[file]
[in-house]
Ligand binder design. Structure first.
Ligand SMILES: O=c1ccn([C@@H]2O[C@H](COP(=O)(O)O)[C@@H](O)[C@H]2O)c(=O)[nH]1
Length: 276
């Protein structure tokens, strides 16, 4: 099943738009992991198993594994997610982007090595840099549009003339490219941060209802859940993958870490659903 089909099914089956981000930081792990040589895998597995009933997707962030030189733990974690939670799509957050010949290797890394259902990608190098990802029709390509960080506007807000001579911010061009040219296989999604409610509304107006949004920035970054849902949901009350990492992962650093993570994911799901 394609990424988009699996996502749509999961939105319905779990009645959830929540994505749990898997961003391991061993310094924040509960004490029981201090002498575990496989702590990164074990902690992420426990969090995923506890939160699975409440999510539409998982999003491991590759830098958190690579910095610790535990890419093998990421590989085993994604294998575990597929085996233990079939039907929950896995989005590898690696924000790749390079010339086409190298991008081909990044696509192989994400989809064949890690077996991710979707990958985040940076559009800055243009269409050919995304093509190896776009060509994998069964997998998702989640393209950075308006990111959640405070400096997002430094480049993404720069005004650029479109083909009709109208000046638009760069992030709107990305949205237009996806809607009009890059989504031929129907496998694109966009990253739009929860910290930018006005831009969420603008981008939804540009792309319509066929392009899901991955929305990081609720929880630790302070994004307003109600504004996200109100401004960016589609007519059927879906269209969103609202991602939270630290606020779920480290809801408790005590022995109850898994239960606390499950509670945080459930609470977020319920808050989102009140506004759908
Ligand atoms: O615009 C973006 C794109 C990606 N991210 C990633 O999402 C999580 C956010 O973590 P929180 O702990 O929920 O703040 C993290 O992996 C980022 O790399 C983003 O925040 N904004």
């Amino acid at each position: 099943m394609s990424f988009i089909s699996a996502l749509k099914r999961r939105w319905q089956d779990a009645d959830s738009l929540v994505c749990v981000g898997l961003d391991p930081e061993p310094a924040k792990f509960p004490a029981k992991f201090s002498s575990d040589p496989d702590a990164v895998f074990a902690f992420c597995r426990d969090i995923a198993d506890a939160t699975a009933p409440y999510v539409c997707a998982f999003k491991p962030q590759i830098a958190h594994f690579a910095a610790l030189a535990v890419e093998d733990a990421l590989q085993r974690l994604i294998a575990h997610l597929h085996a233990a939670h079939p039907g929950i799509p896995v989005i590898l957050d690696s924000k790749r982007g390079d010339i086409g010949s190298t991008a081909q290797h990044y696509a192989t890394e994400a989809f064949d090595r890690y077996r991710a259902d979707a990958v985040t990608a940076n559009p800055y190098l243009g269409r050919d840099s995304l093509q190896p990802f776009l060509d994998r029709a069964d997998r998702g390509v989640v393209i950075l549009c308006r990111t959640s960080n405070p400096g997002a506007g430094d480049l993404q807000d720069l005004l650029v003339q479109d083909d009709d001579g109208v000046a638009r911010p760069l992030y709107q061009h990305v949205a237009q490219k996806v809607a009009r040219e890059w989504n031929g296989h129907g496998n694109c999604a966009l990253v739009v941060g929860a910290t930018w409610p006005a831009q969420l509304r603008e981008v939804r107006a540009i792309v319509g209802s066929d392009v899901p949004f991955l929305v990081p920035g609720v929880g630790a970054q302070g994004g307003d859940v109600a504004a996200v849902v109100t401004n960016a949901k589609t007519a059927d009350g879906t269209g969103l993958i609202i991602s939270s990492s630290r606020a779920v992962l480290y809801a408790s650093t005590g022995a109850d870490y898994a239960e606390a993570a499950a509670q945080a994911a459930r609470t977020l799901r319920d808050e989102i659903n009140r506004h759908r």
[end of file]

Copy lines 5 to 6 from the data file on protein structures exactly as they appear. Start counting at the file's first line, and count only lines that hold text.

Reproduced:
């Protein structure tokens, strides 16, 4: 099943738009992991198993594994997610982007090595840099549009003339490219941060209802859940993958870490659903 089909099914089956981000930081792990040589895998597995009933997707962030030189733990974690939670799509957050010949290797890394259902990608190098990802029709390509960080506007807000001579911010061009040219296989999604409610509304107006949004920035970054849902949901009350990492992962650093993570994911799901 394609990424988009699996996502749509999961939105319905779990009645959830929540994505749990898997961003391991061993310094924040509960004490029981201090002498575990496989702590990164074990902690992420426990969090995923506890939160699975409440999510539409998982999003491991590759830098958190690579910095610790535990890419093998990421590989085993994604294998575990597929085996233990079939039907929950896995989005590898690696924000790749390079010339086409190298991008081909990044696509192989994400989809064949890690077996991710979707990958985040940076559009800055243009269409050919995304093509190896776009060509994998069964997998998702989640393209950075308006990111959640405070400096997002430094480049993404720069005004650029479109083909009709109208000046638009760069992030709107990305949205237009996806809607009009890059989504031929129907496998694109966009990253739009929860910290930018006005831009969420603008981008939804540009792309319509066929392009899901991955929305990081609720929880630790302070994004307003109600504004996200109100401004960016589609007519059927879906269209969103609202991602939270630290606020779920480290809801408790005590022995109850898994239960606390499950509670945080459930609470977020319920808050989102009140506004759908
Ligand atoms: O615009 C973006 C794109 C990606 N991210 C990633 O999402 C999580 C956010 O973590 P929180 O702990 O929920 O703040 C993290 O992996 C980022 O790399 C983003 O925040 N904004």